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Hacker cries foul over FBI snooping

Burhan Wazir
Sunday October 21, 2001
The Observer

The world's most infamous computer hacker, out of jail and eking a living as an actor 
in a television drama, has denounced the new Patriot Act - which would allow FBI and 
police to snoop on emails and monitor US internet activity in their efforts to counter 
Kevin Mitnick, 38, imprisoned for breaking into the computer systems of America's 
leading telephone companies, told The Observer that the legislation proposed in the 
wake of the 11 September attacks was 'ludicrous'.

'Terrorists have proved that they are interested in total genocide, not subtle little 
hacks of the US infrastructure, yet the government wants a blank search warrant to spy 
and snoop on everyone's communications,' he said. Mitnick also warned that hackers 
risked inordinately heavy exemplary jail sentences. 'Trust me, you do not want to be 
the next big winner of the scapegoat sweepstakes.'

Mitnick says he was a scapegoat. He was arrested and charged with committing seven 
software felonies in 1995 and held without bail, sometimes in solitary confinement, 
until his conviction in 1999. Altogether he served four and a half years before being 
freed in January last year.

Under the terms of his release, he is banned until January 2003 from using a computer, 
finding employment as a technical consultant or even writing about computer technology 
without permission from his probation officer. He was only recently given approval to 
carry a mobile phone to keep in touch with family members following the death of his 
father five months ago. Faced with the restrictions, Mitnick has found work in an ABC 
spy drama, Alias, in which he plays a CIA computer expert.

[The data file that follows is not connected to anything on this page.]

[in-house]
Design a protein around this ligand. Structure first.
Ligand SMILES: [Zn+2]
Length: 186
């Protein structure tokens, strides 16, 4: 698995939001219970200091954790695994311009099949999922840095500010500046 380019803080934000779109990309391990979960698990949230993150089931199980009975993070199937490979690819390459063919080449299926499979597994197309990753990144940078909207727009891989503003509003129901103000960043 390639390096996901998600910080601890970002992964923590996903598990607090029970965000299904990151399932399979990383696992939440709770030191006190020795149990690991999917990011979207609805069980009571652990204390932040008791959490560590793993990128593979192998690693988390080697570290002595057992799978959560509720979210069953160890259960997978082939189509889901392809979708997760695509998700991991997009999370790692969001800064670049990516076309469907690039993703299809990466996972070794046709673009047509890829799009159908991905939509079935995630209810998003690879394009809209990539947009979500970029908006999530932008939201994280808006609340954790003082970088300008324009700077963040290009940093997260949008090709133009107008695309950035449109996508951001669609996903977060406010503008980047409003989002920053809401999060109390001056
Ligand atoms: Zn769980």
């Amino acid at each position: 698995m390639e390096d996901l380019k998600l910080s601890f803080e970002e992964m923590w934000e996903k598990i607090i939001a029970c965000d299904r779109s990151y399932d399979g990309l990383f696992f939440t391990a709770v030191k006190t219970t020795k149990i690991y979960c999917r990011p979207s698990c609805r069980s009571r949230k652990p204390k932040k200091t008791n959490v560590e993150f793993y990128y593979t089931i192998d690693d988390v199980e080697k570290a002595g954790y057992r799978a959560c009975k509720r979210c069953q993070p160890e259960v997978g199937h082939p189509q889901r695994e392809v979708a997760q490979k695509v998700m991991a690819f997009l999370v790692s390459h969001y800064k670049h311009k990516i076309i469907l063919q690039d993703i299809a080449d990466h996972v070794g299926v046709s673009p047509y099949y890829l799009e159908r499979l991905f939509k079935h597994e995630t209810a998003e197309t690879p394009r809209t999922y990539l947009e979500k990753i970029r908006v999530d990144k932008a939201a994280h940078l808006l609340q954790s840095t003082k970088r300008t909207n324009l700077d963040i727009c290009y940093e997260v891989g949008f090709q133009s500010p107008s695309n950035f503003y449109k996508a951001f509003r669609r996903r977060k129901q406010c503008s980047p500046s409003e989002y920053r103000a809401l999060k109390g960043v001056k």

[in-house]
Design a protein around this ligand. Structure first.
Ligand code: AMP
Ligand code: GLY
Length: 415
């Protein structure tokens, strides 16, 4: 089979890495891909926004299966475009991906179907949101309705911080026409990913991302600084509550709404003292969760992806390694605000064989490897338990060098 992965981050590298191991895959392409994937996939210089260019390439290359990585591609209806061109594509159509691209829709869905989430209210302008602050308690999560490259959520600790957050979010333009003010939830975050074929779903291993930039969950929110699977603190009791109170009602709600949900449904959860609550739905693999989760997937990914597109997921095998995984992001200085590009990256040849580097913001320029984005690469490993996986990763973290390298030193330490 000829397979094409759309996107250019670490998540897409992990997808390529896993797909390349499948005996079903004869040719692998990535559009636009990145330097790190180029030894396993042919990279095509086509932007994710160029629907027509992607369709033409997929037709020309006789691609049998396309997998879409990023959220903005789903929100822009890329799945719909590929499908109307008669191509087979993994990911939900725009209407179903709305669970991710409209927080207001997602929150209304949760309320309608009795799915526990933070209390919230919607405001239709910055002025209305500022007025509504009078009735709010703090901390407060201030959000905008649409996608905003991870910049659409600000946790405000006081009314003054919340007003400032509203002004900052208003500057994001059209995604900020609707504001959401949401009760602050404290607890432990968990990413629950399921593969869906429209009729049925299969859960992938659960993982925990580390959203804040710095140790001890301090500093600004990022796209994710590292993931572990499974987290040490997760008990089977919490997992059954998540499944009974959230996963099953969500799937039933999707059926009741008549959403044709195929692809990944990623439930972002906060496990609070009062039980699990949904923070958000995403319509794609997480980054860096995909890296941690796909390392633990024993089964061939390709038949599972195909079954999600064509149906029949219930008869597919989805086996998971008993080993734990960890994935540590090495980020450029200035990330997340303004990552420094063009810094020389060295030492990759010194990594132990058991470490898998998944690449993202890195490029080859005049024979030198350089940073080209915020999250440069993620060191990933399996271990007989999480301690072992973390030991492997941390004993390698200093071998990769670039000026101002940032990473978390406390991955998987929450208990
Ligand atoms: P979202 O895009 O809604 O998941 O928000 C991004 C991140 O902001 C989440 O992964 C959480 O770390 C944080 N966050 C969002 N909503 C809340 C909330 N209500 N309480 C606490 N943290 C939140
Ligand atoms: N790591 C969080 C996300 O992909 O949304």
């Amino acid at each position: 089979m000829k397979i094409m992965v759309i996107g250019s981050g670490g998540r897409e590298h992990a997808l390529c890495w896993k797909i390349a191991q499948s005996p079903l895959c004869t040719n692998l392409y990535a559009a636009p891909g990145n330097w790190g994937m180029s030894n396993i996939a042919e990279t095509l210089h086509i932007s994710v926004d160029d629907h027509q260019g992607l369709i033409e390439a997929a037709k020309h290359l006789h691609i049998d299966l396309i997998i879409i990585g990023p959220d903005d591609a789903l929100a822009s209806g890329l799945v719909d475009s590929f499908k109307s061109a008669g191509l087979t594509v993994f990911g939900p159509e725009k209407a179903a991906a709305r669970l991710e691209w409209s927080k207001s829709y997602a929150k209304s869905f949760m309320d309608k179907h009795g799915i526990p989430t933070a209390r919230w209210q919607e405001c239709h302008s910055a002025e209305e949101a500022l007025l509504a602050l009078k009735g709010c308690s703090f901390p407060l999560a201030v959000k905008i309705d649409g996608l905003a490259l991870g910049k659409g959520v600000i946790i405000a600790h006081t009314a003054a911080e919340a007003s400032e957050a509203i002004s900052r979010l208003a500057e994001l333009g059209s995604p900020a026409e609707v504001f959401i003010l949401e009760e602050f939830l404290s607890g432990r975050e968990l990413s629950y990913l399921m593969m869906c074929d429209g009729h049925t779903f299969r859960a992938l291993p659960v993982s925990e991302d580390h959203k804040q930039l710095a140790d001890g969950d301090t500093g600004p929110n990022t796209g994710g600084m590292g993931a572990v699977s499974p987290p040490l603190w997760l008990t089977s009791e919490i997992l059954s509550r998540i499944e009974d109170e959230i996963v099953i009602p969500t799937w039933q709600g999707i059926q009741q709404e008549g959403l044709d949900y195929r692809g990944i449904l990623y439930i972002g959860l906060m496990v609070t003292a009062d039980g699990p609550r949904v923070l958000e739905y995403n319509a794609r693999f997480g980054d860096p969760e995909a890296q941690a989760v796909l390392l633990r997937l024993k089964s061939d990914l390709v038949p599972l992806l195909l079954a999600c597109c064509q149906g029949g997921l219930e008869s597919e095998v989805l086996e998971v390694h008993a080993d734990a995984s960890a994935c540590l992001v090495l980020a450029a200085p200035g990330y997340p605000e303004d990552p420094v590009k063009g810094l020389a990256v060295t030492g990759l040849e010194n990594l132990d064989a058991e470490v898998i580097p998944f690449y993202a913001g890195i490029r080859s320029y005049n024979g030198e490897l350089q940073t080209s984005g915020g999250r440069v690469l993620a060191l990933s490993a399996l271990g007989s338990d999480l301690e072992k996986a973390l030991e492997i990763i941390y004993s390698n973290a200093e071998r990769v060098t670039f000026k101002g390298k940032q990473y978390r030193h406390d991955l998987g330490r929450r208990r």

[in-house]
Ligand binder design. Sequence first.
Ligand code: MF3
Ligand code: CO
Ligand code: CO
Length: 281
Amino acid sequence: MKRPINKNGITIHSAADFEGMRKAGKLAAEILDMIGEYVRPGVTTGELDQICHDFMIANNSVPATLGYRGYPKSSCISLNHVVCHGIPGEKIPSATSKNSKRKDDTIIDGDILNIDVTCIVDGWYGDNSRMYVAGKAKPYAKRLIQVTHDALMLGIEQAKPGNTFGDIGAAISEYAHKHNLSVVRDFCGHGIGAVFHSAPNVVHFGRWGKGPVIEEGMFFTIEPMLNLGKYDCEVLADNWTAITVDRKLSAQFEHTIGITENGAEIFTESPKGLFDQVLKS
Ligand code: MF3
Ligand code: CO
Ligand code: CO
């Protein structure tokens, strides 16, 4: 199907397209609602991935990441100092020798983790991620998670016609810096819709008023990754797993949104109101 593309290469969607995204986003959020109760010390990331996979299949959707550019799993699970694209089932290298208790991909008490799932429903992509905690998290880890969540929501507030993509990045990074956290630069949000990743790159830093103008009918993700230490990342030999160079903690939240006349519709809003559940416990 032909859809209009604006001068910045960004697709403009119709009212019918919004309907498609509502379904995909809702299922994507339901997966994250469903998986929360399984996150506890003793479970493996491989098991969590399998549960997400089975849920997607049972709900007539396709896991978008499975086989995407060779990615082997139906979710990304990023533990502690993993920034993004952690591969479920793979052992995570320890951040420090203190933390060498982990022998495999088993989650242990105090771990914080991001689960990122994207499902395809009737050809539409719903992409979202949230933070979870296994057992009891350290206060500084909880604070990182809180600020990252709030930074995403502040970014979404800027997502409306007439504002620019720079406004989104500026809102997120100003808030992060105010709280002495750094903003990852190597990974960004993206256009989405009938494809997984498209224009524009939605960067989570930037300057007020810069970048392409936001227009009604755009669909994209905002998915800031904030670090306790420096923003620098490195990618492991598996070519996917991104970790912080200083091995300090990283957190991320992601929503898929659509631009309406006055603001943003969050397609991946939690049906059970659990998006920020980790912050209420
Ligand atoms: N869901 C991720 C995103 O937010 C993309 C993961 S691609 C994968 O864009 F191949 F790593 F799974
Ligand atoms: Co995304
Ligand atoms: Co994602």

Mitnick, whose career won him a place in the Guinness Book of World Records as the 
world's most notorious hacker, says he was a victim of circumstance. 'I am not 
innocent but I certainly didn't do most of what I was accused of,' he says. 'A hacker 
doesn't deliberately destroy data or profit from his activities. I never made any 
money directly from hacking. I wasn't malicious. A lot of the unethical things I did 
were to cover my own ass when I was a fugitive.'

He hacked into the email of New York Times reporter John Markoff, who was covering the 
FBI's pursuit of him.

Mitnick says: 'I read the emails because they were discussing how the FBI was going to 
catch me. I didn't read it all, just searched for a combination of letters that's in 
my name, and words like "trap", "trace" and things like that. Again, this is something 
I had to do to cover my ass, total self-preservation.' He and Markoff subsequently 
co-wrote a book about the case.

Having testified before a Senate committee on the dangers of politically motivated 
hackings, Mitnick continues to believe that the threat from cyberterrorism could 
easily be countered by strengthening security measures at government institutions and 
private corporations.

'Yes, a co-ordinated team of hackers could take down the communications systems, the 
power system, perhaps the financial markets,' he says. 'But all of those systems would 
be back online pretty quickly - you can't really knock them out for an extended 
period. You could use those outrages as a decoy though, to draw attention from what 
you are really planning.'

But, he warns, now is not the time to be hacking. He cites the case of Dmitry 
Skylarov, a Russian software programmer awaiting trial in the US on charges that he 
violated the Digital Millennium Copyright Act. 'I hope Dmitry puts up a good fight. 
He's got a great lawyer, I had a public defender. He's innocent, whereas I wasn't


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